At this point, after it was caught completely unawares by ISIS’s move against Mosul and on toward Baghdad and before that was totally surprised by Russia’s move into Crimea, should we start being worried about the capabilities of the US intelligence community? That’s the question Shane Harris is asking at Foreign Policy.
The problem is that part of his premise is wrong, at least in regards to Crimea. A lot of the criticism that the IC didn’t see Crimea coming (unlike some of us *coughcough*) hails from two places: Republicans in Congress and this Daily Beast piece by Eli Lake in which “US Spies” insisted that Russia’s military maneuvers at the time were a “bluff.” Which spies? Eli never says. They were, uh, senior ones, you can be sure of that. In general, if we’re going to judge the credibility of the IC based on whether or not Eli Lake’s reporting (on, really, anything) was accurate, then, yes, the IC is going to look pretty bad.
As far as Congressional Republicans are concerned, how much of their criticisms are based on actual intel failures and how much is just them taking another opportunity to go for the political shot at Obama? We’re talking about a party whose leading national security voice in Congress is not only consistently wrong on national security (especially on Iraq!), but he also does things like popping out of classified briefings after a couple of minutes so he can park himself in front of yet another TV camera and criticize Obama. The IC, and particularly the CIA (the DIA as well), shot back at those Republican criticisms and claimed that it did brief Congress and the administration on the possibility that Russia would invade, but of course the intel community has its own credibility problems right now, doesn’t it? I think the best you can say is that it’s not clear what actually happened with Crimean intel, so it’s probably irresponsible to draw major conclusions from that event.
Now, what’s happening in Iraq might be another story, although it’s very early to start doing a “what happened” reflection like Harris is trying to do. Harris is relying on “current and former US officials,” which means “none of them went on the record,” which is the same problem Lake had with his “Russia is bluffing” piece. He gets three people on the record, one of whom is Daveed Gartenstein-Ross from the most partisan “non-partisan policy institute” around, the Foundation for the Defense of Democracies, whose contribution was “[w]e were caught flat-footed.” Well, no shit. Christopher Harmer criticizes the CIA’s lack of presence in the country; he’s from the Institute for the Study of War (its final conclusion? War is awesome). You might remember ISW as the place what used to employ serial fabulist Elizabeth O’Bagy, who was also taking money from a group that was doing lobbying work for the Syrian rebels at the time, who liked to make up stories about how hard-line jihadi groups, like ISIS, were only a very tiny fraction of the Syrian rebellion (oops!), and who then got fired from ISW when they found out that she liked to make up stories about her own credentials as well. There’s also David Tafuri, “Rule of Law Coordinator” in Iraq in 2006 and 2007, who insists that the Kurds were begging the US to leave a base in their autonomous part of Iraq before the 2011 pullout, but never tells us whether Kurdish autonomy gave them any legal right (which is important, right, rule of law guy?) to make that kind of offer.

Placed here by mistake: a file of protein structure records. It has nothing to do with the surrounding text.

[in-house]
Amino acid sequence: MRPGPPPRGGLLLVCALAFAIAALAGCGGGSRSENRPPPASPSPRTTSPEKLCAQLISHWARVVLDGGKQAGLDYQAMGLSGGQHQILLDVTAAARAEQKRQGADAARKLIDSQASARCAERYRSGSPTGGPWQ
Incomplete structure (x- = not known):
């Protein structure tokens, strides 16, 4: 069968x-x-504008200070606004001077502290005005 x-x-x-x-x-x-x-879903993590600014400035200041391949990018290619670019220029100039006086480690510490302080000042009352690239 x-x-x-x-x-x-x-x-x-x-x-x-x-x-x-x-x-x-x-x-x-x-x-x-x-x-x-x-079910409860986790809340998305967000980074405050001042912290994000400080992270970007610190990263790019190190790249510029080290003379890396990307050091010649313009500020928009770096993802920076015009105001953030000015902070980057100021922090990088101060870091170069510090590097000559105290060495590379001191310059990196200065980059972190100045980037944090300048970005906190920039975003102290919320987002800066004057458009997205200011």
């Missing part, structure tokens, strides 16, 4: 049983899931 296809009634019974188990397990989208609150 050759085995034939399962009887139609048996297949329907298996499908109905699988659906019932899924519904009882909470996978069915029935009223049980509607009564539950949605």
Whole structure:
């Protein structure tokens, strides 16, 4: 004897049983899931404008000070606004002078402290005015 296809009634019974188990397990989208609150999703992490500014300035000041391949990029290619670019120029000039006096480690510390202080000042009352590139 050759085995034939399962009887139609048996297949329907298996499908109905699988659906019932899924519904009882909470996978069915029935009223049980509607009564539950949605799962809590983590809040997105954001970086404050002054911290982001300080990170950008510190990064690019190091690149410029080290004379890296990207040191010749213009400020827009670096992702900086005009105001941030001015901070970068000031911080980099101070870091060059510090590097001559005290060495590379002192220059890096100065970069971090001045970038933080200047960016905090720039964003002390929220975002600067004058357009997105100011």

So Harris has a bit of a sourcing problem here. While I have no trouble believing that the US doesn’t have great intel about what ISIS is planning to do, I’m not sure that the failure to penetrate a fairly small and tight-knit extremist insurgency that operates out of a region of Iraq that is openly hostile to its own government in Baghdad indicates any great weakness in the US intel community any more than it indicates that “this spying shit is hard.” That’s not to say that for the $70 billion or so we spend on intel every year we shouldn’t expect better, or that there shouldn’t be some important lessons learned from what’s happened. Funny story: one of the reasons offered for the intel “failure” in Crimea, if you assume there was one, is that the focus on terrorism has caused the IC to divert its attention from Russia. Which might have been kind of a bad deal, now that it seems we weren’t focusing enough on terrorism either. Maybe our analysts have been spending too much time on the ex-girlfriend beat. But the other thing to consider here is that developing human intelligence on a threat like ISIS could probably have been better managed by, I don’t know, the Iraqis themselves, so maybe they stand to take some of the responsibility here as well. They’re also at least partly responsible for the fact that there’s no US military presence in Iraq anymore, which Harris argues has really hampered intel gathering there but which doesn’t seem like a “failure” to me, for some reason I can’t quite put my finger on.
So is there a problem in the US intelligence community? Of course there is; in fact there are multiple, major problems (unchecked spying on Americans, for starters, and follow up with a baffling disinterest in big, looming catastrophes like, oh, climate change) and have been for quite a while now. But I don’t know that Crimea and Mosul suggest a particular pattern of incompetence.